When I was growing up we spent most Memorial Day weekends in Boyne
City with my cousins. Long weekends always seemed like a good excuse to go to grandma’s. Most of my Memorial Day memories fade into the tapestry of family reunions and family weekends that made up my summers (at least, as a pre-teen). Our family, we spilled into the small neighborhood my grandma lived in, playing games, eating, laughing, running down Pearl Street towards Veteran’s Park for softball or kickball, going to the beach when it was warm enough. What does separate Memorial Day from all those other weekends, though, were those little flags we’d get over the course of the weekend. Do you remember those…the small cotton American flags on plastic sticks? I think we received them for the 4th of July as well but it was only on Memorial Day we took the flags to the cemetary and patted them around my grandfather’s grave, getting dirt underneath our fingernails in the process. Because our grandpa had served in World War II, and that was important, and on Memorial Day you remembered it, even if it meant standing still during the boring parade where groups of men and women donned on uniforms from years gone by and marched down Main Street, not even throwing candy.
What did S. and I do this weekend? We went to a barbecue at A.’s. A. and I went to see Bug (more on this another time). We hosted an unexected guest. We visited my old college campus. We did not in any way acknowledge the reason behind the long weekend.This isn’t meant to be a post where I beat myself up, or where I lament the way America is going. It’s meant to say…all of this is just so exhausting. On one of the Sunday morning news shows an policy maker from Europe was being interviewed and he said he found it appalling Americans weren’t out screaming in the streets to end this war, that on this Memorial Day we are behaving as though it’s like a Memorial Day during peace time, going to the movies, grilling our dinners, drinking beer.But see, what people don’t realize is, those of us who care, who are against the war and loathe the Bush administration and want to see change, well, we’ve already done that, and we’ve been doing it for years. We marched in parades demonstrating our distaste for the war. We’ve written our representatives. We’ve blogged about it. We’ve voted, and what’s more, we volunteered for campaigns we felt passionate about. Then, after the dismal presidential election, we voted again, and made ourselves “heard.”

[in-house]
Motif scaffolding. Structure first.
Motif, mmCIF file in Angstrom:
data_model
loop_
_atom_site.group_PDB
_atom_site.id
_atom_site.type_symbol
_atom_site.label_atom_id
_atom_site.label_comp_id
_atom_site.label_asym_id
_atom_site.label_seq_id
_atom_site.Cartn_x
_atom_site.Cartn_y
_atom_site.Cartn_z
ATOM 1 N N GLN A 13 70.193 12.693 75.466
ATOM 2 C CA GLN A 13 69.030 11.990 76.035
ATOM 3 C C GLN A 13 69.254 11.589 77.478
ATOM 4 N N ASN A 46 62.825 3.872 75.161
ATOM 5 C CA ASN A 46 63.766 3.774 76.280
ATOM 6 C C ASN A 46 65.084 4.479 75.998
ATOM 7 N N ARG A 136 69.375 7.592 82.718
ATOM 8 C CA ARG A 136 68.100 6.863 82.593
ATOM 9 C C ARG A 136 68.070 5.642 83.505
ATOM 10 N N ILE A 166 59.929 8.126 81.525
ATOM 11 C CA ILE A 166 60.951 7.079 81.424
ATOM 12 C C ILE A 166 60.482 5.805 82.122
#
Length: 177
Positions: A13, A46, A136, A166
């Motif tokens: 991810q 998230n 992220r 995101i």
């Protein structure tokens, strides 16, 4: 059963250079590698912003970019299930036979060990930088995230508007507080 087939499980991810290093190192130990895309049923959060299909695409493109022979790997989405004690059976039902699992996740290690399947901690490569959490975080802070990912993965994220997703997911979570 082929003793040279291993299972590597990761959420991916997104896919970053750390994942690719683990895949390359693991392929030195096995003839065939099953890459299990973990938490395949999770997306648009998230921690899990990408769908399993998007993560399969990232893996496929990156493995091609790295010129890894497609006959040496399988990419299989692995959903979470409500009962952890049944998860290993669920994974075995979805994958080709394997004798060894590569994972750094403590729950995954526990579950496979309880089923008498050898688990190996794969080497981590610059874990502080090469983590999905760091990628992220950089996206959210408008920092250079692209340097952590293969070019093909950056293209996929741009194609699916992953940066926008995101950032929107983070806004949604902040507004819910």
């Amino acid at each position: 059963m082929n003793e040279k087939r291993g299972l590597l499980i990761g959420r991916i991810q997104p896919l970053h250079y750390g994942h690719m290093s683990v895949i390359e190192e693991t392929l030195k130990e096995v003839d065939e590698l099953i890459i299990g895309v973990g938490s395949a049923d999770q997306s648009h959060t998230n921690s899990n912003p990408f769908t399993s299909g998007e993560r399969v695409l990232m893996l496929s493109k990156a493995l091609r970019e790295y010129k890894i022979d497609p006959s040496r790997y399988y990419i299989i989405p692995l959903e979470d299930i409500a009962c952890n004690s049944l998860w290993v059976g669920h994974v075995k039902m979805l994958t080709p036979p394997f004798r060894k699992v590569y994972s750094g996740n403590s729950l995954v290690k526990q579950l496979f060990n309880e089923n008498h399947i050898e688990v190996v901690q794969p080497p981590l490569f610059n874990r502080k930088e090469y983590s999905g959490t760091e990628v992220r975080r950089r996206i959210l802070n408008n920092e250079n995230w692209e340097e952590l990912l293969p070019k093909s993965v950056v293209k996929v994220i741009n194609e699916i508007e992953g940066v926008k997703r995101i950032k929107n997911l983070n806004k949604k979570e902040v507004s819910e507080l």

ut none of it has seemed, really, to matter. After years of being ignored by our government, which seems to do exactly what it wants to do regardless of public sentiment, after years of a President who is an international embarrassment, after losing our voice beneath the din of the Christian conversatives who would rather spend their time worrying about gay people marrying and women having abortions than the state of their country, in the present, well – I think I speak for some of us when we’ve become a little complacent. When you act, when you take the actions you believe will make a difference only to find out you might as well have gone to the movies, well, a malaise eventually settles over you. We weren’t screaming in the streets because we already have, and we failed. What’s more, some asshole tried to run us over with his SUV.
I mean, why vote when your presidential candidate wins and still doesn’t get to serve in the office he earned? Why protest the war when your President would rather continue to sacrifice the lives of young men and women than admit he made a mistake? I actually have a healthy dose of patriotism running through me. I loved planting those little flags at my grandfather’s gravesite because it felt like an honor, and honor for him and an honor for me. While I have complicated feelings about Vietnam’s effect on my father, I couldn’t be prouder that in a generation of dodge-drafting he joined the Marines and served two tours of duty because it was the right thing to do. And I believe in the potential of my country. As the United States of America, we should help countries that need our protection for no reason other than it is right and good to do so. We should provide solace and safety to immigrants and we should go forth into the world as a country humble in its wealth, compassioante in international politics and determined to raise the countries aroud us up, instead of tearing others apart.
The truth is, the U.S. is a really, really good country to come from, and it is full of determined, passionate people who believe the best of the country can be elevated and the worst can be diminished. This Memorial Day, though, I think most of us just felt a little tired of this renegage administration and malaise overtook us.
Sometimes I wish I could again experience the simple pride of planting a delicate little flag next to the grave of a man I loved, without the action being replete with political meaning. Sometimes I wish it could all be as simple as the stars, and the stripes, and a nation trying, in its own fucked up, wreck of a way to do the right thing.